Coming off the heels of his debut NASCAR Camping World Truck Series season, Niagara-on-the-Lake native Stewart Friesen is excited about the road and track ahead.
His busy 2018 (23 NASCAR Truck races, 51 DIRTcar Modified races) will be in the rear-view mirror starting Feb. 12. That’s when the 2019 DIRTcar season kicks off at Volusia Speedway in Barberville, Florida, followed by the NextEra Energy 250, the first entry in the NASCAR Gander Outdoors Truck Series, at Daytona Speedway just 3 days later.
Speaking from his home just outside of Albany, NY, where he lives with his wife Jessica and three-year old son Parker, Friesen reflected on 2018 and his goals for the upcoming year. He says his performance in the Truck Series last year was mixed. Though he didn’t win a race, his nine top-five finishes and a chance to compete in the Chase for the Championship (he finished seventh out of eight) were definitely positive signs.
The learning curve was steep for Friesen in moving from Dirt racing to the NASCAR Truck Series. He initially started out more aggressively, and soon found he had to adjust to the longer races in the Truck Series. He was forced to become more patient as a driver, he said, and to learn to run the race based on what his No. 52 Chevy Silverado gave him. Friesen is confident that with one season under his belt, and a great team with Halmar-Friesen Racing, he can attain his goal of winning at least one Truck Series event and placing higher than seventh in the Chase for the Championship this year.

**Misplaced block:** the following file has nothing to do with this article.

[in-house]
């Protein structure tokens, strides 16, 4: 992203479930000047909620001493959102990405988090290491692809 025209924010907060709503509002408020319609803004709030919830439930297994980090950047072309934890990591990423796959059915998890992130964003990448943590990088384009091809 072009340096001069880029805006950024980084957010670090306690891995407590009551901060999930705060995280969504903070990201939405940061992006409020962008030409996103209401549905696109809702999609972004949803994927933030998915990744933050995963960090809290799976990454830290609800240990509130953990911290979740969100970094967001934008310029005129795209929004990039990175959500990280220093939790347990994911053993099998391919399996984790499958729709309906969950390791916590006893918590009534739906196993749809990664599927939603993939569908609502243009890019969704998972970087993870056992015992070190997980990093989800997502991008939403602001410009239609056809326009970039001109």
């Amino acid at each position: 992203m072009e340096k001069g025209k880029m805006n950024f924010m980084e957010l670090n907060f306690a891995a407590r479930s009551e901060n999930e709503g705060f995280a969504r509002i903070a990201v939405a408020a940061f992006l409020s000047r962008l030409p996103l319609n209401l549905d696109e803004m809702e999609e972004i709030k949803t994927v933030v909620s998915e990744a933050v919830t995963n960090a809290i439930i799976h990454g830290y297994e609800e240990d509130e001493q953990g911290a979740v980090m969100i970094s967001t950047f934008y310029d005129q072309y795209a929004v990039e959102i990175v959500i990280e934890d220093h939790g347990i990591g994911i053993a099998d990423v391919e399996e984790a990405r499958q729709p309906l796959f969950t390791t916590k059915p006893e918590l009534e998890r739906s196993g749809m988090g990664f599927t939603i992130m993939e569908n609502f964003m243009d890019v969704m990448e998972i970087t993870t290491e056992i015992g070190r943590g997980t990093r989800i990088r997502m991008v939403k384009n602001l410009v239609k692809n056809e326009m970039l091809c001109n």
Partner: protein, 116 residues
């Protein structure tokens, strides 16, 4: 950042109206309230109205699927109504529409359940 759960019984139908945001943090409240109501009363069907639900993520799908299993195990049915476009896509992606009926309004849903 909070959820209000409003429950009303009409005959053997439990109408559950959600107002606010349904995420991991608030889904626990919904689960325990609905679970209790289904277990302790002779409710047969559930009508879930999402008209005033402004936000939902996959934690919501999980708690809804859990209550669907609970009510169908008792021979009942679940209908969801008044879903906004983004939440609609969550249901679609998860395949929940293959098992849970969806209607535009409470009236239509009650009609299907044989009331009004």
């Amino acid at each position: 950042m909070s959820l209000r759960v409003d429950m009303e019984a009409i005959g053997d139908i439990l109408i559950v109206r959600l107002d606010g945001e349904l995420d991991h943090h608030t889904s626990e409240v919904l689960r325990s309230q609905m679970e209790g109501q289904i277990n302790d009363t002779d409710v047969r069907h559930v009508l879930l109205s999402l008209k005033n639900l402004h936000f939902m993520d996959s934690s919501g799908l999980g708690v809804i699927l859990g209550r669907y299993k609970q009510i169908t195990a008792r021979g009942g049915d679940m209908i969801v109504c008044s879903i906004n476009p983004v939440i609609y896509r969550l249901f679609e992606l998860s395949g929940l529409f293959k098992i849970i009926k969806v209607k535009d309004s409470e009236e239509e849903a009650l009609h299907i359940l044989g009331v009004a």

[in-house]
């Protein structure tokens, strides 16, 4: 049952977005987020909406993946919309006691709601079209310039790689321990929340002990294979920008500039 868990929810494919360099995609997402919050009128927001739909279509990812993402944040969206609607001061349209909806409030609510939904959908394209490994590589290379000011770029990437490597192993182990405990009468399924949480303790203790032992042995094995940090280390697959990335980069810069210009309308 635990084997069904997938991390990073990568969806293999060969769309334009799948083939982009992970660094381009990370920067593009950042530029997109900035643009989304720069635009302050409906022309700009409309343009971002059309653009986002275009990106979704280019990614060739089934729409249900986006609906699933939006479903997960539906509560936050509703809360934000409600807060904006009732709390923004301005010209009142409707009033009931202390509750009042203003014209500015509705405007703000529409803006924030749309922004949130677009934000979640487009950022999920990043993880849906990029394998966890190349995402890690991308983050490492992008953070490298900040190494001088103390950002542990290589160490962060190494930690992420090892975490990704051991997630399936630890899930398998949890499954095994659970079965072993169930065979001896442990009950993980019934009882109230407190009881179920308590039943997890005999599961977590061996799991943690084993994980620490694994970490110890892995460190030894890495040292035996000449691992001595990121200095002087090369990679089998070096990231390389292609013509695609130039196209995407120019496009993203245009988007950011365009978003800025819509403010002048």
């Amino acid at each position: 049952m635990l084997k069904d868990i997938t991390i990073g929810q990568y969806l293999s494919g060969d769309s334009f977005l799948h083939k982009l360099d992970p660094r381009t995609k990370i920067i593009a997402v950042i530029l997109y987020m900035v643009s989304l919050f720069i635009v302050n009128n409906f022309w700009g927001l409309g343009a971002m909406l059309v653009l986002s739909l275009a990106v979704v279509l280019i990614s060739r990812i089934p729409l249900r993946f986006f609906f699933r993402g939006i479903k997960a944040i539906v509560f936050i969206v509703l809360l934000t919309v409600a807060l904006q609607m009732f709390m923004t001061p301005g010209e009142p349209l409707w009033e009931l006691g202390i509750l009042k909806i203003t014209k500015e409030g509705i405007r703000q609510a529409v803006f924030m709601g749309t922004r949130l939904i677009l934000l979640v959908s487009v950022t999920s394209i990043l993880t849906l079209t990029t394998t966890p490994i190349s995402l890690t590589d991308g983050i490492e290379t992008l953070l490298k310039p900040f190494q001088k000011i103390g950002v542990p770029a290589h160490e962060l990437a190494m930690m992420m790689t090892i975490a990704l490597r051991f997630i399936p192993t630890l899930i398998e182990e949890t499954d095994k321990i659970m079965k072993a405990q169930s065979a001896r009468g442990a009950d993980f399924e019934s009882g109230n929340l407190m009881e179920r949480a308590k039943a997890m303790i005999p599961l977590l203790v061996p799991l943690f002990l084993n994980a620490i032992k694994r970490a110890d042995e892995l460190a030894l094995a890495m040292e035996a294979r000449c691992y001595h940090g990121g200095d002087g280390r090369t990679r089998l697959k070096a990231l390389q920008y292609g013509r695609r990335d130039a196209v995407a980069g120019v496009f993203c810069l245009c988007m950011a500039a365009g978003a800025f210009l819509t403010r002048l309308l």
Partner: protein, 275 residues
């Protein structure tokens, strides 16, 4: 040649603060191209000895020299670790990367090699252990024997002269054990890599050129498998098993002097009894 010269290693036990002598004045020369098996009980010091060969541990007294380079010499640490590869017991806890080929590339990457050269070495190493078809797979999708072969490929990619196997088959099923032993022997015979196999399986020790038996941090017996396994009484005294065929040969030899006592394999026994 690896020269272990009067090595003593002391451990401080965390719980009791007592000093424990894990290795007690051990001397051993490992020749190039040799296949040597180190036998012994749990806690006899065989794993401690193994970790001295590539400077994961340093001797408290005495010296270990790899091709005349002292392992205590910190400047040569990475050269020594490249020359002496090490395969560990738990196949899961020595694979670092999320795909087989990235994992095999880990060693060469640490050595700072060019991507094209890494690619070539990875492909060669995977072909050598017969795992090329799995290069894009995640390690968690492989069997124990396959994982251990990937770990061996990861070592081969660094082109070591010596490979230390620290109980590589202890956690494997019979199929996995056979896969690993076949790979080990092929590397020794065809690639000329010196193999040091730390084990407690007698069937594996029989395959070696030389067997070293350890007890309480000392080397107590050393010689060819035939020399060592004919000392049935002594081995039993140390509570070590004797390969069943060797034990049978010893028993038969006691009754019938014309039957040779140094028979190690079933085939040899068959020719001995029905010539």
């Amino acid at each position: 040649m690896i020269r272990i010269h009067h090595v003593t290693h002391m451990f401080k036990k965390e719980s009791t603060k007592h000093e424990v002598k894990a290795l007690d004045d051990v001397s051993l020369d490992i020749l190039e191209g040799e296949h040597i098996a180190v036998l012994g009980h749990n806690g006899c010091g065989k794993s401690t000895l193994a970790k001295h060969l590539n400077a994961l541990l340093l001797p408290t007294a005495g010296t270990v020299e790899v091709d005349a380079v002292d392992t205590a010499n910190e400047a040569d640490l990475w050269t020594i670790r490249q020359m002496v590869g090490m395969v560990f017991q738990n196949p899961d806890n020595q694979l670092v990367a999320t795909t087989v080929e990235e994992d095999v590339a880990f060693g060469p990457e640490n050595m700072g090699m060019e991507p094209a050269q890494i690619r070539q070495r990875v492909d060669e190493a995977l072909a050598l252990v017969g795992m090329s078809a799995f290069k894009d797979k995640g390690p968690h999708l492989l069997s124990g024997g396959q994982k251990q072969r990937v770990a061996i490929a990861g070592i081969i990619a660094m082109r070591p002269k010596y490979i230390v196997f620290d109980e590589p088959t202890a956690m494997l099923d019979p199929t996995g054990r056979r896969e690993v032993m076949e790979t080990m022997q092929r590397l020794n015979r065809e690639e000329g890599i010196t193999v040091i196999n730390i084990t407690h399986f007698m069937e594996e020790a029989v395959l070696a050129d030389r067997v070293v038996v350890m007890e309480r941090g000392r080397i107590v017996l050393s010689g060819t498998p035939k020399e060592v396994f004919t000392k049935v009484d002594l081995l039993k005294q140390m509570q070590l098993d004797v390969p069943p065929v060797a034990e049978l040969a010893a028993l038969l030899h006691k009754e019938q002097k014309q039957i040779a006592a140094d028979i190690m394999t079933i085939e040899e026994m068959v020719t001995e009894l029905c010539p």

Friesen grew up in the pits at local speedways Ransomville, which his parents owned, and Merrittville. He doesn’t get back to NOTL often, so is looking forward to competing once again at his old haunts when the Super DIRTcar Series returns there this August. Though he definitely has ambitions to progress up the NASCAR ladder, Friesen says Dirt racing is his first love, his “bread and butter,” and he can’t see himself ever fully turning his back on the sport.
He still nurtures a great relationship with the local racing community, he says. Though he builds his cars with his team near his home in New York state, he still uses many parts from local manufacturer Bicknell Racing Products.
About those ambitions: Having started out racing go-karts at 10 years old, Friesen knows his unique selling point to NASCAR success is his almost 26 years of short-track experience. At the same time, he knows NASCAR is very sponsorship-driven. Many of the newcomers to NASCAR are 25 years old or younger, and bring with them a long list of powerful sponsors. Friesen says his own key to success is to do well with the Truck Series, make a name for himself, and to move up the ladder that way.
To that end, he’s been busy with his team, preparing both his DIRTcar and Truck Series vehicles for action next month. He’ll be travelling with Jessica and Parker for most of the east coast dates, hitting the road in an RV and enjoying family time between stops.
When asked if Parker will follow his father’s (and his grandfather’s) footsteps, Friesen says he certainly won’t push him. And besides, he has to learn how to master his tricycle before he can even think about racing.